Disabling root ssh on Debian

Since the root user is universal for all Linux and Unix systems it was always the preferred bruteforce victim by hackers to access systems. To bruteforce an unprivileged account the hacker must learn the username first and even if succeeding  the attacker stays limited unless using a local exploit.This tutorial shows how to disable the root access through SSH in 2 simple steps.

 How to disable ssh root access on Debian 10 Buster

To disable ssh root access you need to edit the ssh configuration file, on Debian it is /etc/ssh/sshd_config, to edit it using nano text editor run:

nano /etc/ssh/sshd_config

On nano you can press CTRL+W (where) and type PermitRoot to find the following line:

#PermitRootLogin prohibit-password

To disable the root access through ssh just uncomment that line and replace prohibit-password for no like in the following image.

After disabling the root access press CTRL+X and Y to save and exit.

The prohibit-password option prevents password login allowing only login through fall-back actions such as public keys, preventing brute force attacks.

Alternatives to secure your ssh access

Restrict access to Public Key Authentication:

To disable password login allowing only login using a Public key open the /etc/ssh/ssh_config configuration file again by running:

nano /etc/ssh/sshd_config

To disable password login allowing only login using a Public key open the /etc/ssh/ssh_config configuration file again by running:

nano /etc/ssh/sshd_config

Find the line containing PubkeyAuthentication and make sure it says yes like in the example below:

Make sure password authentication is disabled by finding the line containing PasswordAuthentication, if commented uncomment it and make sure it is set as no like in the following image:

Then press CTRL+X and Y to save and exit nano text editor.

Now as the user you want to allow ssh access through you need to generate private and public key pairs. Run:


Answer the question sequence leaving the first answer the default by pressing ENTER, set your passphrase, repeat it and the keys will be stored at ~/.ssh/id_rsa

Generating public/private rsa key pair.
Enter file in which to save the key (/root/.ssh/id_rsa): <Press ENTER>
Enter passphrase (empty for no passphrase): <W
Enter same passphrase again:
Your identification has been saved in /root/.ssh/id_rsa.
Your public key has been saved in /root/.ssh/id_rsa.pub.
The key fingerprint is:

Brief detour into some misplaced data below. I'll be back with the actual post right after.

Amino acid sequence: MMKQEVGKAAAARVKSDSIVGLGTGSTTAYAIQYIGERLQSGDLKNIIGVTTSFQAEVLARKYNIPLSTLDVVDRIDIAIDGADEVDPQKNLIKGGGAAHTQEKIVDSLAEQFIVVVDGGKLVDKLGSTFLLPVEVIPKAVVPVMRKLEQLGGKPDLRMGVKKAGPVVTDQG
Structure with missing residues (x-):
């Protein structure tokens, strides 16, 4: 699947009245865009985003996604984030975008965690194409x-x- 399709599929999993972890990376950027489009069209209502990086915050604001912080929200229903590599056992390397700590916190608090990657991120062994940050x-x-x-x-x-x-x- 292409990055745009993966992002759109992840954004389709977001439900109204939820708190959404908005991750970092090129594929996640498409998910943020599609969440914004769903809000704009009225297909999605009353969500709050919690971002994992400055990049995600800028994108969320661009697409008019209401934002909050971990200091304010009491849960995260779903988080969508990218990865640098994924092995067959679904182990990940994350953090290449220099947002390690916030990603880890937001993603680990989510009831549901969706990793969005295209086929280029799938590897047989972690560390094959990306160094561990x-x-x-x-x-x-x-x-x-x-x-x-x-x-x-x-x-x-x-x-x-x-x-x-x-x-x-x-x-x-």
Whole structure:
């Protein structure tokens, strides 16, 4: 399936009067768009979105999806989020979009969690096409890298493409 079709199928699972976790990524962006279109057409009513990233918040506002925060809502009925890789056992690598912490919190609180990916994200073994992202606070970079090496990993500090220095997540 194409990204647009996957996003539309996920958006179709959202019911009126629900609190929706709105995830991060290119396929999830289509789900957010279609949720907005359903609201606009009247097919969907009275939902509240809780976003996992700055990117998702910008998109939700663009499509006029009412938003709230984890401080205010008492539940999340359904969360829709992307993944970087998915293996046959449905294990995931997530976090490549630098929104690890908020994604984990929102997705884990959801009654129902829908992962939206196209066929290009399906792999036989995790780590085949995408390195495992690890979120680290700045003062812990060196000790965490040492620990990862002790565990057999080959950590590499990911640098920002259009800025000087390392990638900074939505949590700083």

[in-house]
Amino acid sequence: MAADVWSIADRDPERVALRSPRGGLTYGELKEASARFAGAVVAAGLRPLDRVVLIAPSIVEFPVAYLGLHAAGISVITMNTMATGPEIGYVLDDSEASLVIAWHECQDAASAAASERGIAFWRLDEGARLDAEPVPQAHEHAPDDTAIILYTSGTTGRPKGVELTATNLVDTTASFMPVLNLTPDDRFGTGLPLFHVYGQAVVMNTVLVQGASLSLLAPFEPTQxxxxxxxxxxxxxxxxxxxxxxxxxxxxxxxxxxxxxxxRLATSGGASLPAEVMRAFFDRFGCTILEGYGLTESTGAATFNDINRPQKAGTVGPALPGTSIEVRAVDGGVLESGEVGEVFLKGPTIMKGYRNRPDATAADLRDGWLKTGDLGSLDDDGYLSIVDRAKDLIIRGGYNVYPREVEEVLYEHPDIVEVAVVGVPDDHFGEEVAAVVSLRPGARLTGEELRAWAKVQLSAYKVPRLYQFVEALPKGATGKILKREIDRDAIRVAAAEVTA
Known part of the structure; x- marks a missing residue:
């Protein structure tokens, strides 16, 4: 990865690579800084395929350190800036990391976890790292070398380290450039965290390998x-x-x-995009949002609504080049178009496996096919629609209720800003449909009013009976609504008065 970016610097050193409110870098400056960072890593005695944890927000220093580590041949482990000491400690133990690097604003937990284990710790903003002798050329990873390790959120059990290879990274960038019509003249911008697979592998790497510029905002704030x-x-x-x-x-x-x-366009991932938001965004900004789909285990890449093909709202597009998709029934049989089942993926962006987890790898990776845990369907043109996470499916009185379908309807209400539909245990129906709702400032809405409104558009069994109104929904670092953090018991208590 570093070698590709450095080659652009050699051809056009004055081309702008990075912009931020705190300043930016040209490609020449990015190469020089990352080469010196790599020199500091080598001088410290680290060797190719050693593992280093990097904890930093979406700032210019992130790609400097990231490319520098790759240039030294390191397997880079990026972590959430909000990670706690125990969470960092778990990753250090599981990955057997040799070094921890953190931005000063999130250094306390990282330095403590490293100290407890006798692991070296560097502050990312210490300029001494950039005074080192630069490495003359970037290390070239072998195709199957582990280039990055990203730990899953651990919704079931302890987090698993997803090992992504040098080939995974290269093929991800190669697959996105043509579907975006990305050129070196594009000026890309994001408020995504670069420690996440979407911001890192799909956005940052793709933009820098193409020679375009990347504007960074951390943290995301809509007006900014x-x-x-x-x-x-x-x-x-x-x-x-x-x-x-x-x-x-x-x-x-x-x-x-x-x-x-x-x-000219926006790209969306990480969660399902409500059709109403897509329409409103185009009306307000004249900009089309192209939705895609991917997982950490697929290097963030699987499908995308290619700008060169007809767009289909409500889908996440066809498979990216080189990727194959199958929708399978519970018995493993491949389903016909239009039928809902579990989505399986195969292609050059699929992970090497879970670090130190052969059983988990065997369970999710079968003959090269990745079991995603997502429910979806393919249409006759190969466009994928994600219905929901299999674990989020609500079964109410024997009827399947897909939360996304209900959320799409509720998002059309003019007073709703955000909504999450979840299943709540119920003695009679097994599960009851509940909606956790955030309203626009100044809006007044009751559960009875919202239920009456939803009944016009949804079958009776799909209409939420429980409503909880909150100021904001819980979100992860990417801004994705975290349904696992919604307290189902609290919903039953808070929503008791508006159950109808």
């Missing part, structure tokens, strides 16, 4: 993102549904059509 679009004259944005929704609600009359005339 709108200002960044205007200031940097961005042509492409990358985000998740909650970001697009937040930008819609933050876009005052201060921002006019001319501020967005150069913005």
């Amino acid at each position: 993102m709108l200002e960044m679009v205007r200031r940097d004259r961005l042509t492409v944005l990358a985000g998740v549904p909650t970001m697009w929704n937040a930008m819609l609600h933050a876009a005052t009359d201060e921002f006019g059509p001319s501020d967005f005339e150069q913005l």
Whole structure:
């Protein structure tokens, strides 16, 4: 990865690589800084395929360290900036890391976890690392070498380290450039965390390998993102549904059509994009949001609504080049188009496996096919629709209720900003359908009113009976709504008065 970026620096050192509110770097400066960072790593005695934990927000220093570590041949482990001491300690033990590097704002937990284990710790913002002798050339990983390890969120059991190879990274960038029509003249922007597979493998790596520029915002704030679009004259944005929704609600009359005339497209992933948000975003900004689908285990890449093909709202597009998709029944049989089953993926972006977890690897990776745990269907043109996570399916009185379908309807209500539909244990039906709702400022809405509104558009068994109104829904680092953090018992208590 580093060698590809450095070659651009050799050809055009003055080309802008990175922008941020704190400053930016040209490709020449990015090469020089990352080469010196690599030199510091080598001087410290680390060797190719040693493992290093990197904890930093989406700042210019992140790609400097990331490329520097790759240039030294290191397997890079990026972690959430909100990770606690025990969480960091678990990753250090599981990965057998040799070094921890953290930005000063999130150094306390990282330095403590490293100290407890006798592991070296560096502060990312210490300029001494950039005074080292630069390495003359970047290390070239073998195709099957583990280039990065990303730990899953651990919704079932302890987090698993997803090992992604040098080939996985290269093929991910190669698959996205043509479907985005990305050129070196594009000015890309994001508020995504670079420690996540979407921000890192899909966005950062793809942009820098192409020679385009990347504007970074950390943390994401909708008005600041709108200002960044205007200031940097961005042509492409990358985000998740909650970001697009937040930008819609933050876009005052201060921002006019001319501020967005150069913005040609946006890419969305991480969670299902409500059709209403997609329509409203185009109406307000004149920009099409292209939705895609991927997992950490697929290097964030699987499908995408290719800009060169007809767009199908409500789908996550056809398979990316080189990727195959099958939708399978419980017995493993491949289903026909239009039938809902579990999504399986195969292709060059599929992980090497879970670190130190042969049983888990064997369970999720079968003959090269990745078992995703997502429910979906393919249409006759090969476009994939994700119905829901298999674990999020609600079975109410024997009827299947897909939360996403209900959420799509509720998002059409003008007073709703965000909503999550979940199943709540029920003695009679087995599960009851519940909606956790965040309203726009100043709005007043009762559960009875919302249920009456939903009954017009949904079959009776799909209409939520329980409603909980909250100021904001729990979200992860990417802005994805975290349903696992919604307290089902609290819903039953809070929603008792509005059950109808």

SHA256:34+uXVI4d3ik6ryOAtDKT6RaIFclVLyZUdRlJwfbVGo root@linuxhint
The key's randomart image is:
+---[RSA 2048]----+

 To transfer the key pairs you just created you can use the ssh-copy-id command with the following syntax:

ssh-copy-id <user>@<host>

Change the default ssh port:

Open the /etc/ssh/ssh_config configuration file again by running:

nano /etc/ssh/sshd_config

Let’s say you want to use the port 7645 instead of the default port 22. Add a line like in the example below:

Port 7645

Then press CTRL+X and Y to save and exit.

Restart the ssh service by running:

service sshd restart

Then you should configure iptables to allow communication through port 7645:

iptables -t nat -A PREROUTING -p tcp --dport 22 -j REDIRECT --to-port 7645

You can also use UFW (Uncomplicated Firewall) instead:

ufw allow 7645/tcp

Filtering the ssh port

You can also define rules to accept or reject ssh connections according to specific parameters. The following syntax shows how to accept ssh connections from a specific IP address using iptables:

iptables -A INPUT -p tcp --dport 22 --source <ALLOWED-IP> -j ACCEPT
iptables -A INPUT -p tcp --dport 22 -j DROP

The first line of the example above instructs iptables to accept incoming (INPUT) TCP requests  to port 22 from the IP The second line instructs IP tables to drop all connections to port 22. You can also filter the source by mac address like in the example below:

iptables -I INPUT -p tcp --dport 22 -m mac ! --mac-source 02:42:df:a0:d3:8f

The example above rejects all connections except for the device with mac address 02:42:df:a0:d3:8f.

Using TCP wrappers to filter ssh

Another way to whitelist IP addresses to connect through ssh while rejecting the rest is by editing the directories hosts.deny and hosts.allow located in /etc.

To reject all hosts run:

nano /etc/hosts.deny

Add a last line:

sshd : ALL

Press CTRL+X and Y to save and exit. Now to allow specific hosts through ssh edit the file /etc/hosts.allow, to edit it run:

nano /etc/hosts.allow

Add a line containing:

sshd : <Allowed-IP>

Press CTRL+X to save and exit nano.

Disabling the ssh service

Many domestic users consider ssh useless, if you don’t use it at all you can remove it or you can block or filter the port.

On Debian Linux or based systems like Ubuntu you can remove services using the apt package manager.
To remove the ssh service run:

apt remove ssh

Press Y if requested to finish the removal.

And that’s all about domestic measures to keep ssh safe.

I hope you found this tutorial useful, keep following LinuxHint for more tips and tutorials on Linux and networking.

Related articles:

About the author

David Adams

David Adams is a System Admin and writer that is focused on open source technologies, security software, and computer systems.